January 4 2021
Marvel 1602, by Neil Gaiman
My first read of the year, and it’s a doozy. Marvel 1602 by Neil Gaiman takes the characters we are familiar with from the Marvel Universe, and transposes them into early 17th century Europe. With clever adaptations of character names (pre-spidey Peter Parquagh is servant to the Queen’s intelligencer Sir Nicholas Fury) and subtle but unmistakable costuming that reflects our modern era expectations but contextualises them to the time and place of the comic, this is the Marvel we know, but also something completely different. Whilst the time period means that the United States of America is not yet on the map, Roanoke features as a looming concern, and despite the action being almost completely set in England and Europe, this still manages to be a text which speaks heavily to the concerns of the US, both when the comic was released, and sadly still today. Equality. Discrimination. Fear. Hatred of the other. Power and privilege.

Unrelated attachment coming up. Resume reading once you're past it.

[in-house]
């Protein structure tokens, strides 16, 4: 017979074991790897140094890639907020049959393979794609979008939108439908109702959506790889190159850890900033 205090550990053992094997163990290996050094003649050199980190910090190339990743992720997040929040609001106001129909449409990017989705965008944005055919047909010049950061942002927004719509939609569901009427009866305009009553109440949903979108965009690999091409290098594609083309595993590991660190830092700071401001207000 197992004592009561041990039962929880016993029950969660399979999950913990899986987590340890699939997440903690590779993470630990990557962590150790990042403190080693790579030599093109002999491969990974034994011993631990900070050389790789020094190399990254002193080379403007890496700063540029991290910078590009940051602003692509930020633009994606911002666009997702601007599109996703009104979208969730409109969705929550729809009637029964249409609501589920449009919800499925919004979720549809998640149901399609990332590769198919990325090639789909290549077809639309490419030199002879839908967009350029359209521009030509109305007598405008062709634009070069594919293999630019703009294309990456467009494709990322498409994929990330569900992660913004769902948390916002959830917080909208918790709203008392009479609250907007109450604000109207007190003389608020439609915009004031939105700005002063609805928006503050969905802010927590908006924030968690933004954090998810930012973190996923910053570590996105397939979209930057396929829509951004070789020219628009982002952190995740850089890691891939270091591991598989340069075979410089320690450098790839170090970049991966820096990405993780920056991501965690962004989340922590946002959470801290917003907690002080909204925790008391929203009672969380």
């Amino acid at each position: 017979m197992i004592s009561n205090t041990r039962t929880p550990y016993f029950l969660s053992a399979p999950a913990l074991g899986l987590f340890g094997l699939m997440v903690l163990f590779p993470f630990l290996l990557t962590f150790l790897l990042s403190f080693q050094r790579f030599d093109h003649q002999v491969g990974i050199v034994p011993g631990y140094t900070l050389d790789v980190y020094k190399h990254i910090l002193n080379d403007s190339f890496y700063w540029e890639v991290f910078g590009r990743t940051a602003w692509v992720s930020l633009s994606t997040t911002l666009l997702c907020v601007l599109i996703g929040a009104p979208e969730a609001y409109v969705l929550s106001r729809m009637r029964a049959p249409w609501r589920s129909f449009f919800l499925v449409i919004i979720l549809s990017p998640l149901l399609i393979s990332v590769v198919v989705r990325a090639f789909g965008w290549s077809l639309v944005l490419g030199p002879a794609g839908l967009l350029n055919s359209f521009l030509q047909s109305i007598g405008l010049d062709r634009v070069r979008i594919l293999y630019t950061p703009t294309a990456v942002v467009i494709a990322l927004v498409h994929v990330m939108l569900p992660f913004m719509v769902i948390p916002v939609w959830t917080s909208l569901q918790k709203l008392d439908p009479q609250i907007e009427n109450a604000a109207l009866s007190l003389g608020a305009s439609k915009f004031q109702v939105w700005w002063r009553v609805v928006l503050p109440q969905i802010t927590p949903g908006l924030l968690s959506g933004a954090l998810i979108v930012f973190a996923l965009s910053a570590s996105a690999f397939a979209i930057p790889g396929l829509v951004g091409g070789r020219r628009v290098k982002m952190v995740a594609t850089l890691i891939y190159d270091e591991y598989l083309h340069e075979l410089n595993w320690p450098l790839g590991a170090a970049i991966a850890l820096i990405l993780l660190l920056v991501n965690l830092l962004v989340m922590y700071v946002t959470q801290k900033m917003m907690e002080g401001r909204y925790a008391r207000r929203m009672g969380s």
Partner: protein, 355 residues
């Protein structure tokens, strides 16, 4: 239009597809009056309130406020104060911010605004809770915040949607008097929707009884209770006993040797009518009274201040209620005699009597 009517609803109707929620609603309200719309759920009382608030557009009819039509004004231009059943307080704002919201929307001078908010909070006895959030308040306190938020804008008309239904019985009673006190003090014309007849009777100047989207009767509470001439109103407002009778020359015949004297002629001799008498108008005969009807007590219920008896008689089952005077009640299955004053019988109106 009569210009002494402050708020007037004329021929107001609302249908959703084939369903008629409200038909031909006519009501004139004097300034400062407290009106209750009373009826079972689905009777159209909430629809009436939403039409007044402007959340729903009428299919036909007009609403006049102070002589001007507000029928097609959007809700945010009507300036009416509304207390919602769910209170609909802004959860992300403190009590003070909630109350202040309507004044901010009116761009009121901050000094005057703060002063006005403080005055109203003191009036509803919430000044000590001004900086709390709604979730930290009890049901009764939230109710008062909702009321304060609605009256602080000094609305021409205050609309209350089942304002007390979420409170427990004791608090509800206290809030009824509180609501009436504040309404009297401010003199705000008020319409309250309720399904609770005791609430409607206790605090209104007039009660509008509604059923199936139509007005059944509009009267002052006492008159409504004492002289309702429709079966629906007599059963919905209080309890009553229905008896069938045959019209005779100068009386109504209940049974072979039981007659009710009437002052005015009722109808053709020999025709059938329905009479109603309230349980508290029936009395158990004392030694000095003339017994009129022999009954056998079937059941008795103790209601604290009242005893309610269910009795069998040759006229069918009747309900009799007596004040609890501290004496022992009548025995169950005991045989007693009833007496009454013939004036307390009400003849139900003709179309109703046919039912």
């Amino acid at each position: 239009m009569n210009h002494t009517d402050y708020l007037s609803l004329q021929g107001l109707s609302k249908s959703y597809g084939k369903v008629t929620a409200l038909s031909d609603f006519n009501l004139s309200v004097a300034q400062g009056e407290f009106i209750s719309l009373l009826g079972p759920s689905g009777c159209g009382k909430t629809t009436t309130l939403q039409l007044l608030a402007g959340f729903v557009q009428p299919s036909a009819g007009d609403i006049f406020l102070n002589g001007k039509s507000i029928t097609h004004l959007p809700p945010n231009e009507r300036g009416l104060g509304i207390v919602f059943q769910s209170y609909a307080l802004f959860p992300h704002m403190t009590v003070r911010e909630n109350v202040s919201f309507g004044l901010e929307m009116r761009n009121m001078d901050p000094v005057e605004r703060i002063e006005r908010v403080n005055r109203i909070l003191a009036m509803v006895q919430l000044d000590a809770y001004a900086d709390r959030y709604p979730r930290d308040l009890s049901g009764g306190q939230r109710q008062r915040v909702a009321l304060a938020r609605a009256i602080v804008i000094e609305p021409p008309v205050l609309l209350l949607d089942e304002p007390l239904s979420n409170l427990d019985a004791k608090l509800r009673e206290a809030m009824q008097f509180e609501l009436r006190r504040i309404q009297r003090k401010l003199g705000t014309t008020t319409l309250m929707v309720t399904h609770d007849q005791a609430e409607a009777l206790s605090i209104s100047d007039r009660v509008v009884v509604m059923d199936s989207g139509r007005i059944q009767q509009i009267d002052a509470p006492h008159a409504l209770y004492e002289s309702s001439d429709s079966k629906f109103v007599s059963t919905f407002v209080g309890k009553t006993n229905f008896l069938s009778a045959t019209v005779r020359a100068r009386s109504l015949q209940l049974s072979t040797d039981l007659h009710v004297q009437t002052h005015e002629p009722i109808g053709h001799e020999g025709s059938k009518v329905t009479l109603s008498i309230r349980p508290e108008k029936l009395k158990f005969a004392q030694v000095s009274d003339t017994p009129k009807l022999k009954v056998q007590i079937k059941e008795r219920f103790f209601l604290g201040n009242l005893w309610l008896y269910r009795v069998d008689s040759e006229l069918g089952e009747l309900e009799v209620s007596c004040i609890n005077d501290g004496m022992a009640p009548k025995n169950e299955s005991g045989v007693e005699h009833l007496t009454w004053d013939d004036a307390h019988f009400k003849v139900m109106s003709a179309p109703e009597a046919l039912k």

And the artwork. Holy shit, folks, this is next level stunning. With illustrations by Andy Kubert and digital painting by Richard Isanove, every page – no, every frame is like an oil painting. The colour, texture and detail had me feeling like I was browsing a gallery of art from the Elizabethan and Jacobean eras.
A great first book for the year. Now to decide where to shelve it – both my comic and my Gaiman shelves are packed to overflowing!